Despite teething problems including a power failure and confusion over ticketing, most passengers were pleased with the city's fast trains to China, which started running yesterday.
The first high-speed train to roll out of Hong Kong's West Kowloon station yesterday - the 7am G5736 service - proved a smooth ride, reaching Shenzhen North station in about 20 minutes. But a train from Guangzhou South station halted suddenly between Shenzhen and Hong Kong after a power outage and resumed service minutes later.
There were also some gripes about slow ticketing services and immigration checks.
Still, most of the commuters gave the thumbs-up to the high-speed rail's operations yesterday.
Mr Wu Di, 30, who works in the IT industry in Shenzhen, said it used to take him 3-1/2 hours to travel from his home in Shenzhen to Hong Kong's Causeway Bay, but the high-speed rail has cut travel time to at most 30 minutes.
He said the new service has improved connectivity between Hong Kong and the mainland.
"I believe it will ease traffic, and increase the flow of people and usage of the rail," said Mr Wu, who was in Hong Kong for a weekend getaway.
Key facts about new bullet train service
Its terminus is at West Kowloon, a five-minute walk from the International Commerce Centre and luxury shopping centre Elements.
Almost US$11 billion (about S$15 billion).
The Hong Kong section spans 26km before it links up with the mainland's 25,000km network.
NUMBER OF YEARS TO BUILD
More than eight years.
44 stations on the mainland including Guangzhou, Changsha, Hangzhou, Guilin, Shanghai and Beijing.
NUMBER OF TRIPS
114 short-haul trips during peak periods, 70 on normal weekdays and 82 on weekends.
Expected to serve 80,100 commuters daily.
Cuts train journeys to Beijing from 24 hours to nine hours, and to Guangzhou from two hours to 47 minutes.
Economy fares to six short-haul stops in Shenzhen and Guangzhou are between HK$78 (S$13.60) and HK$247. Long-haul trips farther into the mainland like Beijing and Shanghai would cost up to HK$1,237.
Several rail aficionados were up in the wee hours just to catch the bullet trains on the first day.
Among them was 21-year-old student Zhao Cun Xu from Guangdong province, who made his way to Hong Kong a day earlier just so he could take a ride on the very first train on the city's first high-speed rail service.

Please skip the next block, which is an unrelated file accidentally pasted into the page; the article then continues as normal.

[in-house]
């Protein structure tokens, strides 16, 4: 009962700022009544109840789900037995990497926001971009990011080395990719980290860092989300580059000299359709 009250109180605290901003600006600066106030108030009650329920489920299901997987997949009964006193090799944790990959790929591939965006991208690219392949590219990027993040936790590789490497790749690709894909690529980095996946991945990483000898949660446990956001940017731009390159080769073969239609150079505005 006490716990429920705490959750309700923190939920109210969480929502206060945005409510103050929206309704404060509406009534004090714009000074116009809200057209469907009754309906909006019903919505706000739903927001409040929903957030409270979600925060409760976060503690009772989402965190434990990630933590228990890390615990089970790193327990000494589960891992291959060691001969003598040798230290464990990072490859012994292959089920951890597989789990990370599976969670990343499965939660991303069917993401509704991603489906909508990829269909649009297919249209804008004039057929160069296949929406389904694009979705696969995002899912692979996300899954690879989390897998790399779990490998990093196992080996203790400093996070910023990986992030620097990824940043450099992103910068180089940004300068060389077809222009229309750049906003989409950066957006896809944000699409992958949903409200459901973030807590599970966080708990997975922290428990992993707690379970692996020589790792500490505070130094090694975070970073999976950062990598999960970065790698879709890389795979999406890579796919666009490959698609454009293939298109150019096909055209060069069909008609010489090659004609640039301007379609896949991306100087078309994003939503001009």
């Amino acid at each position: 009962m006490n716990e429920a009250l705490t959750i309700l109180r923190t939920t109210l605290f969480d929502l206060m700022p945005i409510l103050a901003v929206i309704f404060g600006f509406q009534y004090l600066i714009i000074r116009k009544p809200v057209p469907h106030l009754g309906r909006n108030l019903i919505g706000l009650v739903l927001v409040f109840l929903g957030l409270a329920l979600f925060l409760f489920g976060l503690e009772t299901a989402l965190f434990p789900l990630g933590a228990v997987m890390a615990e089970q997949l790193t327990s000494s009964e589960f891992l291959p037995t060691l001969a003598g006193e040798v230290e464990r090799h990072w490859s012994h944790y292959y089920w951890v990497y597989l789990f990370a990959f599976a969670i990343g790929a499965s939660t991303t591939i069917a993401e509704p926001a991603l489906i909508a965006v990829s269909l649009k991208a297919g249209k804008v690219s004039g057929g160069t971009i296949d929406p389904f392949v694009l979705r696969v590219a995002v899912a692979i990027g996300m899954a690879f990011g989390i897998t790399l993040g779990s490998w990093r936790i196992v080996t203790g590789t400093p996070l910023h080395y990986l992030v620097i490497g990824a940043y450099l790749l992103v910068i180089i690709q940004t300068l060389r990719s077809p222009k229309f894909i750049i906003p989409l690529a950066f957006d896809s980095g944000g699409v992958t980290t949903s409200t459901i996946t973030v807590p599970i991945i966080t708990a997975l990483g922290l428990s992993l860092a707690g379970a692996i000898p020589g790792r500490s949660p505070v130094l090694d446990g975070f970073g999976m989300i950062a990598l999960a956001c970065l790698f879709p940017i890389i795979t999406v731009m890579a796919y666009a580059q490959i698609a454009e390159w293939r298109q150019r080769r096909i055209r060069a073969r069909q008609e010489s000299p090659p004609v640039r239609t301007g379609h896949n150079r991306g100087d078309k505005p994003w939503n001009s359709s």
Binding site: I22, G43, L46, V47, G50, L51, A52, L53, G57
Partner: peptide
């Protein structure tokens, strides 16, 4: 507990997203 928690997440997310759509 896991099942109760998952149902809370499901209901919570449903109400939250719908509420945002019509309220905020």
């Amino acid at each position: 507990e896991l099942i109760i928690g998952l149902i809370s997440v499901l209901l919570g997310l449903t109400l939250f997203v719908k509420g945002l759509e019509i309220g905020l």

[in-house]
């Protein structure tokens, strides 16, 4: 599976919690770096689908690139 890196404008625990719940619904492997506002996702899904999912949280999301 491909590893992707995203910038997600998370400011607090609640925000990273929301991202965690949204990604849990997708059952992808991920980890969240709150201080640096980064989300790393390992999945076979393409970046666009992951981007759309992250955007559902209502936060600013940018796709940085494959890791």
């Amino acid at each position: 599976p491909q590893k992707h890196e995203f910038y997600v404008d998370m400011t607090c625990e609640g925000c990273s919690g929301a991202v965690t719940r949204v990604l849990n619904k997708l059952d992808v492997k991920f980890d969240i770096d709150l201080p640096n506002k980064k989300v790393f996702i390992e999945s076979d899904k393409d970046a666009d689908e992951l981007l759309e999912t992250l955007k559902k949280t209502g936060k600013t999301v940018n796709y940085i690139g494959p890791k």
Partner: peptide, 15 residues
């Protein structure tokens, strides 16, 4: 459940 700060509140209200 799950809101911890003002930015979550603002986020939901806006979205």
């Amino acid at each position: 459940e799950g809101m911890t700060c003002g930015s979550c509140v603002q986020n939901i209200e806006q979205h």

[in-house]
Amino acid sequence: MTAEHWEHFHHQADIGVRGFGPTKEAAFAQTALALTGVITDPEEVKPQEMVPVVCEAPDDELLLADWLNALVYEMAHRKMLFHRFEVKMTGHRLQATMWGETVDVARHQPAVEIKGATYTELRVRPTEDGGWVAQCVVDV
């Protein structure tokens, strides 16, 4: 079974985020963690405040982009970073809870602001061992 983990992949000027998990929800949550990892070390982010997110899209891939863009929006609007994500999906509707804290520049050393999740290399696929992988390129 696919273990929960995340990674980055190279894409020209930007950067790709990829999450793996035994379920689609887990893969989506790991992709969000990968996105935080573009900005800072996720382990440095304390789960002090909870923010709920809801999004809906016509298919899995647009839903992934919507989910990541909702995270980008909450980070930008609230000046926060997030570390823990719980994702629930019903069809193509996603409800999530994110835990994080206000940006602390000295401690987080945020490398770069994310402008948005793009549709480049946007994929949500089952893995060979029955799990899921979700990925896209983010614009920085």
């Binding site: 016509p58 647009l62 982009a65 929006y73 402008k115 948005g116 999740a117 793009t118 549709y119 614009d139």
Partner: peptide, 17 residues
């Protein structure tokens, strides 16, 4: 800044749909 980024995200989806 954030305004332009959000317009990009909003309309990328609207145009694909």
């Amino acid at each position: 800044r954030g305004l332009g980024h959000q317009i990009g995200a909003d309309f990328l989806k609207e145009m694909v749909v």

"Back on the mainland, when they launched the express rail services, I couldn't get a ticket on the first train so I missed out on the experience," he said.
Student Han Pu, 17, said that although he felt the tickets were too costly, he could not bear to miss the debut of the new express rail link as it "brings Hong Kong into China's high-speed rail network and it is a historic day".
The improved connectivity is also a boon for travel agencies.
Mr Ng Hi On, deputy general manager at China Travel Services, said the agency has sold out of eight tours featuring journeys on the new rail service. "There are 300 people in the tours in total. Most of the tours we organise depart from Hong Kong and we have about three to four tours a day where they come from the mainland," he added.
The new rail service has generated not just excitement, but also controversy - over a 105,000 sq m area in the West Kowloon terminus designated as a mainland port zone.
Mainland officers have almost full jurisdiction over the zone.
Some have argued that this contradicts Article 18 of the Basic Law, the city's mini-Constitution, which states that mainland Chinese laws shall not be applied in Hong Kong under the "one country, two systems" policy.
But Mr Kenny Po, president of the Defend Hong Kong Campaign, a pro-establishment group, said: "If you're a law-abiding citizen, you wouldn't be worried at all when you enter the mainland jurisdiction."
Delays and higher costs
As early as May 2013, Apple Daily reported on serious delays in the high-speed rail project but this was dismissed by Hong Kong metro operator MTR Corporation, which oversees the project.
In July 2013, the key management of MTR, including then chief executive Jay Walder, were notified that the project was unlikely to be completed in end 2015 as planned.
But it was only November that year that Mr Walder told the Secretary for Transport and Housing Anthony Cheung the line would be delayed. The project had further delays, adding to its costs.
In April this year, trial runs for the 26km Hong Kong section of the cross-border rail link were suspended after the derailment of trains at an MTR Corporation depot.
The design consultant miscalculated the forces that the tracks could withstand, MTR said later.
A residential-commercial complex near the West Kowloon terminus was reportedly sinking due to the building of the station. Cracks were found in the concrete walls in Elements shopping mall and its attached residential development.